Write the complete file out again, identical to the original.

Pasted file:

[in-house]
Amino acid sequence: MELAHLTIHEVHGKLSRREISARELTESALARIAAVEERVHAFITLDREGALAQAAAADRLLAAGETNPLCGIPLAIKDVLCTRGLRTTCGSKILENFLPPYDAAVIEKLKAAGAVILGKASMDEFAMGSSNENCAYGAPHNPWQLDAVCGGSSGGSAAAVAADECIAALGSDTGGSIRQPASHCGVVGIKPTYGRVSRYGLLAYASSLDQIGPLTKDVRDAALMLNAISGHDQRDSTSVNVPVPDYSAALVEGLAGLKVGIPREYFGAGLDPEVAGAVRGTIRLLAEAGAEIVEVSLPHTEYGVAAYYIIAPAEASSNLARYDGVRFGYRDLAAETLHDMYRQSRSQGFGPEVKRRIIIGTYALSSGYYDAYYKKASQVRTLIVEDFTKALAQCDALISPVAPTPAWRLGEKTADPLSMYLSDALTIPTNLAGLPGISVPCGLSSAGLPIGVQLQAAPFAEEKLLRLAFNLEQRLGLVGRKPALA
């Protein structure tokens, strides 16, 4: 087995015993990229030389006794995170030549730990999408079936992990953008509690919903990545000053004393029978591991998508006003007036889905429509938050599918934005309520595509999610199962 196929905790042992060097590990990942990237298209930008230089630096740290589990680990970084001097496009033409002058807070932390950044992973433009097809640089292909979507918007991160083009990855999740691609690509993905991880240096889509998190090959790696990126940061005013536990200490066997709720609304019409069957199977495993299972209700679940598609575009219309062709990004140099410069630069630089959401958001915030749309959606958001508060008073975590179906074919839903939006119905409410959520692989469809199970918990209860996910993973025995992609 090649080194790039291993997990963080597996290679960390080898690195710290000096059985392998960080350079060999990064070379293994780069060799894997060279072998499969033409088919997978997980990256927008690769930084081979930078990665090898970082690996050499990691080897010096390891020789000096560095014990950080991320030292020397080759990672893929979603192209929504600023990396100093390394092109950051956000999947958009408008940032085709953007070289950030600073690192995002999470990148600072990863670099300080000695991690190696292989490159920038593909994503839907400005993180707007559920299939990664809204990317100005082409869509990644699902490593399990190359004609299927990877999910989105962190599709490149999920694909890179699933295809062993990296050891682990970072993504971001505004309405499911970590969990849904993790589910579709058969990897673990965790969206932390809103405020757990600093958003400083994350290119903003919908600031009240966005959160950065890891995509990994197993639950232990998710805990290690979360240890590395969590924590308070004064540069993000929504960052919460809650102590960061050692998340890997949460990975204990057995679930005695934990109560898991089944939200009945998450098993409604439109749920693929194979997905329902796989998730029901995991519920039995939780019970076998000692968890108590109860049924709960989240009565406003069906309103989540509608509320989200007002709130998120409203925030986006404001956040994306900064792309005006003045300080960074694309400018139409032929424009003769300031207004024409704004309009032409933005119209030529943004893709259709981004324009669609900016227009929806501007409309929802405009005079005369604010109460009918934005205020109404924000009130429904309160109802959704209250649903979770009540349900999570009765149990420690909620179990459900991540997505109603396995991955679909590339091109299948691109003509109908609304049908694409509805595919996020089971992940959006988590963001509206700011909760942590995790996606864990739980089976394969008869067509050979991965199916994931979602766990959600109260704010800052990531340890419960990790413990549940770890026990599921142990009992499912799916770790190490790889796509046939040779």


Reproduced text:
[in-house]
Amino acid sequence: MELAHLTIHEVHGKLSRREISARELTESALARIAAVEERVHAFITLDREGALAQAAAADRLLAAGETNPLCGIPLAIKDVLCTRGLRTTCGSKILENFLPPYDAAVIEKLKAAGAVILGKASMDEFAMGSSNENCAYGAPHNPWQLDAVCGGSSGGSAAAVAADECIAALGSDTGGSIRQPASHCGVVGIKPTYGRVSRYGLLAYASSLDQIGPLTKDVRDAALMLNAISGHDQRDSTSVNVPVPDYSAALVEGLAGLKVGIPREYFGAGLDPEVAGAVRGTIRLLAEAGAEIVEVSLPHTEYGVAAYYIIAPAEASSNLARYDGVRFGYRDLAAETLHDMYRQSRSQGFGPEVKRRIIIGTYALSSGYYDAYYKKASQVRTLIVEDFTKALAQCDALISPVAPTPAWRLGEKTADPLSMYLSDALTIPTNLAGLPGISVPCGLSSAGLPIGVQLQAAPFAEEKLLRLAFNLEQRLGLVGRKPALA
């Protein structure tokens, strides 16, 4: 087995015993990229030389006794995170030549730990999408079936992990953008509690919903990545000053004393029978591991998508006003007036889905429509938050599918934005309520595509999610199962 196929905790042992060097590990990942990237298209930008230089630096740290589990680990970084001097496009033409002058807070932390950044992973433009097809640089292909979507918007991160083009990855999740691609690509993905991880240096889509998190090959790696990126940061005013536990200490066997709720609304019409069957199977495993299972209700679940598609575009219309062709990004140099410069630069630089959401958001915030749309959606958001508060008073975590179906074919839903939006119905409410959520692989469809199970918990209860996910993973025995992609 090649080194790039291993997990963080597996290679960390080898690195710290000096059985392998960080350079060999990064070379293994780069060799894997060279072998499969033409088919997978997980990256927008690769930084081979930078990665090898970082690996050499990691080897010096390891020789000096560095014990950080991320030292020397080759990672893929979603192209929504600023990396100093390394092109950051956000999947958009408008940032085709953007070289950030600073690192995002999470990148600072990863670099300080000695991690190696292989490159920038593909994503839907400005993180707007559920299939990664809204990317100005082409869509990644699902490593399990190359004609299927990877999910989105962190599709490149999920694909890179699933295809062993990296050891682990970072993504971001505004309405499911970590969990849904993790589910579709058969990897673990965790969206932390809103405020757990600093958003400083994350290119903003919908600031009240966005959160950065890891995509990994197993639950232990998710805990290690979360240890590395969590924590308070004064540069993000929504960052919460809650102590960061050692998340890997949460990975204990057995679930005695934990109560898991089944939200009945998450098993409604439109749920693929194979997905329902796989998730029901995991519920039995939780019970076998000692968890108590109860049924709960989240009565406003069906309103989540509608509320989200007002709130998120409203925030986006404001956040994306900064792309005006003045300080960074694309400018139409032929424009003769300031207004024409704004309009032409933005119209030529943004893709259709981004324009669609900016227009929806501007409309929802405009005079005369604010109460009918934005205020109404924000009130429904309160109802959704209250649903979770009540349900999570009765149990420690909620179990459900991540997505109603396995991955679909590339091109299948691109003509109908609304049908694409509805595919996020089971992940959006988590963001509206700011909760942590995790996606864990739980089976394969008869067509050979991965199916994931979602766990959600109260704010800052990531340890419960990790413990549940770890026990599921142990009992499912799916770790190490790889796509046939040779």